In different shots, he is seen posing with Defence Minister Harjit Sajjan and Innovation Minister Navdeep Bains. As well, he's snapped smiling with Liberal MPs, including Raj Grewal and Sonia Sidhu from Ontario and Jati Sidhu from British Columbia.
Separate officials speaking on behalf of Bains, Grewal, and Sonia Sidhu say all three did not know who Atwal was at the time the photos were taken.
But spokespeople representing Sajjan and Jati Sidhu, the two politicians from Atwal's home province of B.C., provided less definitive responses.
Speaking on background, an official said Sajjan did not know Atwal "personally." When asked if Sajjan knew Atwal by reputation, the official would not clarify.
"As the prime minister has said, Mr. Atwal should never have received an invitation, and as soon as we found out we rescinded the invitation immediately," said Sajjan's press secretary Byrne Furlong.
"Minister Sajjan attends many events, and meets with hundreds of people every year. At these events and out in public, people sometimes ask to take a picture with the minister," she said.
A spokesperson for Jati Sidhu did not answer the question about whether he knew who Atwal was at the time of the photo.
"MP Sidhu met with and took photos with many people that evening, as he often does at events and out in public," said Andrew Johnson, Sidhu's legislative assistant.
Liberal MP John McKay, chair of the public safety and national security committee, said no formal request has yet been made for Atwal to appear at the committee.
"If in fact a request is received, it will be dealt with in the usual form," he told CBC Radio's The House in an interview with host Chris Hall that will air Saturday.
Jake Enwright, a spokesman for the Conservatives, said they would be open to hearing from Atwal.
"We would not object to Mr. Atwal telling the committee whether or not rogue elements in the Indian government invited him to the prime minister's events in India. Mr. Atwal should reach out to the Liberals for an invitation to the committee, as others have done," he said.
The Conservatives also asked that Jean provide the same briefing to MPs that he had given to reporters. Trudeau offered instead to have Jean give Conservative Leader Andrew Scheer a classified briefing.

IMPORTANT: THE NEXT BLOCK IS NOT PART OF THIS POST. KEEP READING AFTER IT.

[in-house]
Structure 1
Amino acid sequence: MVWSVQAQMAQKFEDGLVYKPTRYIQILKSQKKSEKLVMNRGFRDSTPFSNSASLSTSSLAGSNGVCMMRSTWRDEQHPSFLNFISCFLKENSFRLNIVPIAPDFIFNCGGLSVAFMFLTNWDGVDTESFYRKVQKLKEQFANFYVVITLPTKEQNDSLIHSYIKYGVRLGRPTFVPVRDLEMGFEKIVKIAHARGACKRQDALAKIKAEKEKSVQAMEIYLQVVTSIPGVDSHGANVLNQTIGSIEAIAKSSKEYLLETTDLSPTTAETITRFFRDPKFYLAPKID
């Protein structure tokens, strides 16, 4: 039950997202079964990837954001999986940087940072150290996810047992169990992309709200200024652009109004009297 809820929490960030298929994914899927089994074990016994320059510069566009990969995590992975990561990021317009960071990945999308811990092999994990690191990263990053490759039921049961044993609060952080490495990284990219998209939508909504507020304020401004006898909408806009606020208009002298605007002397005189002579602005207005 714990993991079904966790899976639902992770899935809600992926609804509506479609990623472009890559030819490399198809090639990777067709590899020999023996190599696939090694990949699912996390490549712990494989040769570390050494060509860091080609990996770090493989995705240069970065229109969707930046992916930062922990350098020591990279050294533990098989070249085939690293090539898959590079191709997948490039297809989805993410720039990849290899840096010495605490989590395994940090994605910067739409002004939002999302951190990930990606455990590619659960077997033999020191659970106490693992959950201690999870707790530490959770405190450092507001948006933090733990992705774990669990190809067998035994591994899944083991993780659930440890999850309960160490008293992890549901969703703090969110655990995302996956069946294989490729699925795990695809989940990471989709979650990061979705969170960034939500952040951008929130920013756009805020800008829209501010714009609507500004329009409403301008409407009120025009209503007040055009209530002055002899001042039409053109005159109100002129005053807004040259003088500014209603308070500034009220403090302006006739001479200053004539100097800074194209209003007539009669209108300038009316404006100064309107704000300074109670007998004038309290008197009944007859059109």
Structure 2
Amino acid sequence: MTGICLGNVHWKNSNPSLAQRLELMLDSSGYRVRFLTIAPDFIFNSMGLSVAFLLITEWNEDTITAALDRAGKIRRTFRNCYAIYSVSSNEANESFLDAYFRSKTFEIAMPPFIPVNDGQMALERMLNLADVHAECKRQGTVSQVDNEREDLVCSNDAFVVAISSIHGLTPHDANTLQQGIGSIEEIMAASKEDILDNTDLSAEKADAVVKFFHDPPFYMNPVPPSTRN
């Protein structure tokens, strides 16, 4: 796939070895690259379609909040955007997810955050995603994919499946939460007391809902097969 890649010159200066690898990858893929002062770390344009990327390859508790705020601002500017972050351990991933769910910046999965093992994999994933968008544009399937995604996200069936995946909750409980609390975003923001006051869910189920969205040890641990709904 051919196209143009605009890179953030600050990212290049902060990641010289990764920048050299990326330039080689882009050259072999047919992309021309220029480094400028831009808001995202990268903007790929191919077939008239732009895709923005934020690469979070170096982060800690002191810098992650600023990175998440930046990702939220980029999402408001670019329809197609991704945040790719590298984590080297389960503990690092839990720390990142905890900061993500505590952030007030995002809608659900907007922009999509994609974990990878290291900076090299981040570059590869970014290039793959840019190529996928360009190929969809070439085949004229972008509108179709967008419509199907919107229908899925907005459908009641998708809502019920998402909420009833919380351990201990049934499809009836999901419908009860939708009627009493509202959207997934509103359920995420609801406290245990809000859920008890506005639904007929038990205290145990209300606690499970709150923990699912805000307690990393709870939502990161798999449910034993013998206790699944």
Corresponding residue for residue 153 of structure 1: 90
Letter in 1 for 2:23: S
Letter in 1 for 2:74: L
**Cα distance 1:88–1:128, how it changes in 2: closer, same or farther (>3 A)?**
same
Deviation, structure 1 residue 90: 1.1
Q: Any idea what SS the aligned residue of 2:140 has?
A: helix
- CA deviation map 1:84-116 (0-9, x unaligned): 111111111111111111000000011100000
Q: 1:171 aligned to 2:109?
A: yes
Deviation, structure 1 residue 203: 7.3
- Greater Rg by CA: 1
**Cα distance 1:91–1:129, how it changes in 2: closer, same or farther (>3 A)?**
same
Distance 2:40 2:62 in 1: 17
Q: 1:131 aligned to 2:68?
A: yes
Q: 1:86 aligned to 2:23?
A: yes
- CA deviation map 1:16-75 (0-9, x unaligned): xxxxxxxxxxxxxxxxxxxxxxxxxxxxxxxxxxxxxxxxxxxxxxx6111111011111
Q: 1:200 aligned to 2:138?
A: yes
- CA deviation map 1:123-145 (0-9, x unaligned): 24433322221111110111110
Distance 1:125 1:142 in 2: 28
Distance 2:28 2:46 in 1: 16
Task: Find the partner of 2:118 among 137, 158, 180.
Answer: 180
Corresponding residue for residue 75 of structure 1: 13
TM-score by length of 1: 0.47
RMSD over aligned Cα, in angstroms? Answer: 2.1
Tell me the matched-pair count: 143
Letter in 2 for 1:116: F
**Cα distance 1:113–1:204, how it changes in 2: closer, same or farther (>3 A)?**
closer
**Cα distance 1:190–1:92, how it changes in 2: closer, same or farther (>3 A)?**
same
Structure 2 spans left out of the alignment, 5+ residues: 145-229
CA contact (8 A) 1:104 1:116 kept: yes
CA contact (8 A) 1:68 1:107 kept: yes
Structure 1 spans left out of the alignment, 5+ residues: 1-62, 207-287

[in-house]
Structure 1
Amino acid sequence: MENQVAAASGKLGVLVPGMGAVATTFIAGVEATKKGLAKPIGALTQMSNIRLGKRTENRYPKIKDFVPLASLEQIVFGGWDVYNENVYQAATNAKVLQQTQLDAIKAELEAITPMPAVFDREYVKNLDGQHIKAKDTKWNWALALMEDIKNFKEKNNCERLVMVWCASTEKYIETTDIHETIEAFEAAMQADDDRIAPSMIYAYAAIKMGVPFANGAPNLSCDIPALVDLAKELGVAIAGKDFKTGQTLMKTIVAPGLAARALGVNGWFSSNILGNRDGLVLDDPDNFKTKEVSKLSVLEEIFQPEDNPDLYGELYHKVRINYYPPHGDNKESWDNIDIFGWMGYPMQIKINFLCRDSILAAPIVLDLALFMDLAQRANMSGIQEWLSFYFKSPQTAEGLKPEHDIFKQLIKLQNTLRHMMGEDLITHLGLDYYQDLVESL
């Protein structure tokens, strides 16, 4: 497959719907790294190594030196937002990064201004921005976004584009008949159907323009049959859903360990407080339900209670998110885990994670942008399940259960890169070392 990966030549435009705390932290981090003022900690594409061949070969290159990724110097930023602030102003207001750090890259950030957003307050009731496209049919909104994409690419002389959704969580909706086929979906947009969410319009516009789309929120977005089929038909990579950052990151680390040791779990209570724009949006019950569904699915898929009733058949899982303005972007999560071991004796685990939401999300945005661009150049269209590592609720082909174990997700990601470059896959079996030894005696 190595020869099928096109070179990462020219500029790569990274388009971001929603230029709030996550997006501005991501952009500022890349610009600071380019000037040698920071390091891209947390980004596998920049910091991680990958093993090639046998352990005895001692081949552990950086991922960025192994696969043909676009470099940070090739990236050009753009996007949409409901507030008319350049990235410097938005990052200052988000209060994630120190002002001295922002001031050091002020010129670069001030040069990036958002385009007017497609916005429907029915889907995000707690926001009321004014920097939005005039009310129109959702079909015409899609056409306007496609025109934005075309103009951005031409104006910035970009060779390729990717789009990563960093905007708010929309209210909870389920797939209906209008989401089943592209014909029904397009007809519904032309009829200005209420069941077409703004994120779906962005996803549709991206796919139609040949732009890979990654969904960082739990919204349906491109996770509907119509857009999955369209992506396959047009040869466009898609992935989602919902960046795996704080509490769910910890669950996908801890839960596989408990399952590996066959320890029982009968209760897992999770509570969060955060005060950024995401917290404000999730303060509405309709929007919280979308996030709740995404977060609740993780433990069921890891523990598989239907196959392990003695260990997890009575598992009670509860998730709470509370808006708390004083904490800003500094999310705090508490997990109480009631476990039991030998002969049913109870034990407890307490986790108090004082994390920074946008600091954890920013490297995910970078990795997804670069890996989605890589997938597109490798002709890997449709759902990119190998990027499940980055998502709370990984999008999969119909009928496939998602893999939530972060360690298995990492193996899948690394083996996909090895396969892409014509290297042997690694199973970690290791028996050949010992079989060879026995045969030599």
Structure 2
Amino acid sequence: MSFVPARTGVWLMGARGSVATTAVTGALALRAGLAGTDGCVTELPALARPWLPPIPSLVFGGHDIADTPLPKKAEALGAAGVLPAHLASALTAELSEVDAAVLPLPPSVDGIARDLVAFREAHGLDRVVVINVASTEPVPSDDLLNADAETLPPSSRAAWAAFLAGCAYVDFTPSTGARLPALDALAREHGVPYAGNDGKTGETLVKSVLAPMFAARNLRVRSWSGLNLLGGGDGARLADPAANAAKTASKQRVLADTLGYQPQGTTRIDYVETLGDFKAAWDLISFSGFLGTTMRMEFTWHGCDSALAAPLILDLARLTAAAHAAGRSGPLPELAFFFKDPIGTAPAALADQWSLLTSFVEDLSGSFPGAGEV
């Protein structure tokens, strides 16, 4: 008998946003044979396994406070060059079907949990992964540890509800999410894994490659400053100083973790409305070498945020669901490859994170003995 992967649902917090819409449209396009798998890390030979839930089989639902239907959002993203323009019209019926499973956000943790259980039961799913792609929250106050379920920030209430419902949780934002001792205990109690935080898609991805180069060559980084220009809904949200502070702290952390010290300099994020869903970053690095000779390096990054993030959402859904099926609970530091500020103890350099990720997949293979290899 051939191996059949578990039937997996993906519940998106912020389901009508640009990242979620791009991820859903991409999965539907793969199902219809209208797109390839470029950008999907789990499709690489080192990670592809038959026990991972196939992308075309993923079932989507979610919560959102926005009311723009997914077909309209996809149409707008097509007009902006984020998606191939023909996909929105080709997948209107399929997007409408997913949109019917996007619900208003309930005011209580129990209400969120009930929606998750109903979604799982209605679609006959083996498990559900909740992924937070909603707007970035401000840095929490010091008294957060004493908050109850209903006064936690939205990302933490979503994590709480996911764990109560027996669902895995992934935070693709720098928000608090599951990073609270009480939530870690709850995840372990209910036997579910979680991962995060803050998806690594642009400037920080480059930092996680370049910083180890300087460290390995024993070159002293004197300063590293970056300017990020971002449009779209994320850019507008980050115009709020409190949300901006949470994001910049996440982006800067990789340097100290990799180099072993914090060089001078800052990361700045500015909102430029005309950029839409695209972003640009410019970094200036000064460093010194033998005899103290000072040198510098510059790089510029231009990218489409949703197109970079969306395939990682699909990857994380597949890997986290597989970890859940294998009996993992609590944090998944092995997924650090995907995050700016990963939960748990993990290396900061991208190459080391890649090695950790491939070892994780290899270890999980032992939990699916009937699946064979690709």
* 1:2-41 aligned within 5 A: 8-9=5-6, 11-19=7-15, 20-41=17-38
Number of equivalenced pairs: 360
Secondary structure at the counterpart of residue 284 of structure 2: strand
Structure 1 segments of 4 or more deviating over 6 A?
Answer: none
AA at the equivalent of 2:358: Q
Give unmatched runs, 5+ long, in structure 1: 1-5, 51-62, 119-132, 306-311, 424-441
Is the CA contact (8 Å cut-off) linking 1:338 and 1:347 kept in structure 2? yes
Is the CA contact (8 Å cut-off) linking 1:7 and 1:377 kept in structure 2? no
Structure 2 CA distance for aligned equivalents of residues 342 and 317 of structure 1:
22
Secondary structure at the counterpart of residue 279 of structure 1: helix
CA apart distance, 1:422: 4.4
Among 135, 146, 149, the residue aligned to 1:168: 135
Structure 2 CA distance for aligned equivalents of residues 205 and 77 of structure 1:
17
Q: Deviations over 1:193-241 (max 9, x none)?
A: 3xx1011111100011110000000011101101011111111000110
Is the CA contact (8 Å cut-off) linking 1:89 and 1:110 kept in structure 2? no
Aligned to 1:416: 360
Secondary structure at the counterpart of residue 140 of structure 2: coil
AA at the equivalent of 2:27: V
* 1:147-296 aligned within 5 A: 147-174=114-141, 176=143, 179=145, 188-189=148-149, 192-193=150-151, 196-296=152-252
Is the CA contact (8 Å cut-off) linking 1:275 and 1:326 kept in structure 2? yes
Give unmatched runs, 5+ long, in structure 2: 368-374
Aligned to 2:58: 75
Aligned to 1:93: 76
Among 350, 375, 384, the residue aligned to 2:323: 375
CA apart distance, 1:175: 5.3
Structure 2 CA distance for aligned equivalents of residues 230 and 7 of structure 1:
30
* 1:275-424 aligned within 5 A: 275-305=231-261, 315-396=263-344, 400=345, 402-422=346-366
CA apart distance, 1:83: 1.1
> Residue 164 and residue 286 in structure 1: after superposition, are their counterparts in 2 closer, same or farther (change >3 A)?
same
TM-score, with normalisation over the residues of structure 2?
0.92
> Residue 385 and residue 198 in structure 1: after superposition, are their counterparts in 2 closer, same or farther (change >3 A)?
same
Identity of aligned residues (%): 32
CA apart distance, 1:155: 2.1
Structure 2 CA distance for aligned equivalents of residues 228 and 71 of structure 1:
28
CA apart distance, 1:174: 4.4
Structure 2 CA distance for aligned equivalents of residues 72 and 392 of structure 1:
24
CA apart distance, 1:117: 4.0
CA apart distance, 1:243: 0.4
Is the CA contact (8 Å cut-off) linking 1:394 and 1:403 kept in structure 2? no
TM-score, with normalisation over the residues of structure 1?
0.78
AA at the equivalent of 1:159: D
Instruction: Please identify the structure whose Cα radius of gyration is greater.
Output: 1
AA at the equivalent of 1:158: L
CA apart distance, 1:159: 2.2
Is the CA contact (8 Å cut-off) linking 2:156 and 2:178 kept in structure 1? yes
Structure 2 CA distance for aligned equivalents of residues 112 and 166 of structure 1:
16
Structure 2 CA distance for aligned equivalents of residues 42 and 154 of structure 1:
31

Frustrated by the offer, Conservative MPs carried out some procedural trickery two weeks ago — including a marathon voting session on a series of motions in the House that lasted the better part of 24 hours — to protest efforts by the Liberal government to kill a motion that would have demanded Jean appear before the committee to answer questions about Atwal's invite.
Scheer eventually agreed to the classified briefing, on the condition that Jean gives the House of Commons national security and defence committee an unclassified version of the briefing first.
Jean has agreed to the appearance and will testify before the committee on Monday, April 16 at 12:00 p.m. ET.
Separately, Conservative senators introduced a motion calling on Jean to appear before the Senate defence and security committee to answer questions about the trip.
That motion was amended in late March to instead ask the joint Commons-Senate national security oversight committee to review the matter behind closed doors. Earlier this week, the committee approved the request.
"The National Security and Intelligence Committee of Parliamentarians (NSICOP) is conducting a special review of the allegations that have been raised in the context of the prime minister's trip to India," a statement from the committee said Monday.
"Specifically those [allegations] relating to foreign interference in Canadian political affairs, risks to the security of the prime minister, and inappropriate use of intelligence."
With files from the CBC's Katie Simpson